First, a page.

Police said the abuse began in 1973, when the victim was in the ninth grade and Mr. Ashman was her teacher and student adviser at the Park School.

The purported victim told police that she came forward when she learned Mr. Ashman was teaching again.


Nine men indicted in drug ring

Nine men were indicted yesterday in a suspected cocaine and crack cocaine ring in Elkton.

The indictment, handed up by a Baltimore grand jury in May but announced yesterday, includes five men from Cecil County, two from Pennsylvania and one each from Delaware and Arizona.

Last year, Richard Harris, 30, of Philadelphia, admitted to giving cocaine and crack cocaine to distributors in Cecil County. The nine men are charged with conspiracy to distribute cocaine and crack cocaine from 2004 to April 2006.

The defendants each face a maximum penalty of life imprisonment without parole and a $4 million fine.


Man arrested in Internet sex sting

A Frederick man is awaiting extradition to Florida, where he has been charged with soliciting lewd acts from a 14-year-old girl.

David Dantzic, 33, was arrested Monday during a police search at his home. Prosecutors said Mr. Dantzic promised to send the girl a Web camera to take pictures of herself performing sex acts. The girl was, in fact, an undercover detective working for the St. Lucie County, Fla., Sheriff’s Office.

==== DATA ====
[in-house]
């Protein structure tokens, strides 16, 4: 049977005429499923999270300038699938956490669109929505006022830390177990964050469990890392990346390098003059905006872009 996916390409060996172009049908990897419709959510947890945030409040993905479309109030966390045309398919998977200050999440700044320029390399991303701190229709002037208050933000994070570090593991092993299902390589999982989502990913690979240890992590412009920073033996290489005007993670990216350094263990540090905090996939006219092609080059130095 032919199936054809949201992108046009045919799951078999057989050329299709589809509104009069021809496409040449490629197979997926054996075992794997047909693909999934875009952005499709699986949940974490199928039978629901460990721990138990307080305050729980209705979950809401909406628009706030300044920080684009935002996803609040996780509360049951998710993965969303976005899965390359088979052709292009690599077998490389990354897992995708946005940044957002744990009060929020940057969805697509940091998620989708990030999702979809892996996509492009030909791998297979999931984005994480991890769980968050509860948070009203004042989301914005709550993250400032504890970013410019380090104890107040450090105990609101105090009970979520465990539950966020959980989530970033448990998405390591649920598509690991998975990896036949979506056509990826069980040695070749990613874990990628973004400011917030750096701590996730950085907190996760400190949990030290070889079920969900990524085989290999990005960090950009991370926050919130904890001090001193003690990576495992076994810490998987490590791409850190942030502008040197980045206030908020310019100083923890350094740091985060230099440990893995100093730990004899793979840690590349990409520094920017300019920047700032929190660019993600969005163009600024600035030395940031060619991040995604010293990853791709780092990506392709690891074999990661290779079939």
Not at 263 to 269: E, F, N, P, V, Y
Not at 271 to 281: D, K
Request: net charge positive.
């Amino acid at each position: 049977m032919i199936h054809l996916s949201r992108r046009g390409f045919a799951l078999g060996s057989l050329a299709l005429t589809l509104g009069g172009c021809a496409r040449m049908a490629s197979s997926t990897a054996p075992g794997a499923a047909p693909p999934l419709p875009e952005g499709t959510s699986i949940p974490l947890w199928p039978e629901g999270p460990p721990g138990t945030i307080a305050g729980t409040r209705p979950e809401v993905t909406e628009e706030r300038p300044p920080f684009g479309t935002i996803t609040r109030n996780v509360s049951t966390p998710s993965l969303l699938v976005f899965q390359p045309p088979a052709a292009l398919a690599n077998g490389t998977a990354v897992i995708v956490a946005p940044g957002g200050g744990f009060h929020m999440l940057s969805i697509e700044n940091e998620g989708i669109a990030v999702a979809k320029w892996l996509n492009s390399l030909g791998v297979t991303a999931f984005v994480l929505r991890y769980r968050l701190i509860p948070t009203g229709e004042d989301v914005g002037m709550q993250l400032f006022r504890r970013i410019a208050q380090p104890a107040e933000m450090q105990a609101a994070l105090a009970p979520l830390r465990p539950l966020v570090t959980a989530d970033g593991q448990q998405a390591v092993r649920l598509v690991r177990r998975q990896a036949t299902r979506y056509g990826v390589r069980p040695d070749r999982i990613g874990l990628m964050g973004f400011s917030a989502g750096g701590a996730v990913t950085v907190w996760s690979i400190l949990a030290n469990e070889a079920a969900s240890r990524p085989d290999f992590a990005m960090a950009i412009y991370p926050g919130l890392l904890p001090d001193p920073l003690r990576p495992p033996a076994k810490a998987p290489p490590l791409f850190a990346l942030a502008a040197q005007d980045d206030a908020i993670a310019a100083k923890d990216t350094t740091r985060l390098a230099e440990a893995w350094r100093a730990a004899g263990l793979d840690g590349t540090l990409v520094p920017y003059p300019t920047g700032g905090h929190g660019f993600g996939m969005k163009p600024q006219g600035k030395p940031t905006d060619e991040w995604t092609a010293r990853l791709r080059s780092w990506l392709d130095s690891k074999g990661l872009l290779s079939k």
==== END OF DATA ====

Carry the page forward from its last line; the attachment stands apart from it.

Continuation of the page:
Mr. Dantzic is being held as a fugitive and is to be charged in Florida with solicitation over the Internet for purposes of child pornography.


Official who struck son has charges dropped

Prosecutors have dropped all charges against a Thurmont town commissioner who was charged with striking his handcuffed, 13-year-old son after the boy was arrested on charges of smashing mailboxes with a baseball bat.

Frederick County State’s Attorney Scott L. Rolle said parents have the right under state law to use corporal punishment that is not excessive or unreasonable under the circumstances. He said Commissioner Ronald Terpko acted within his rights.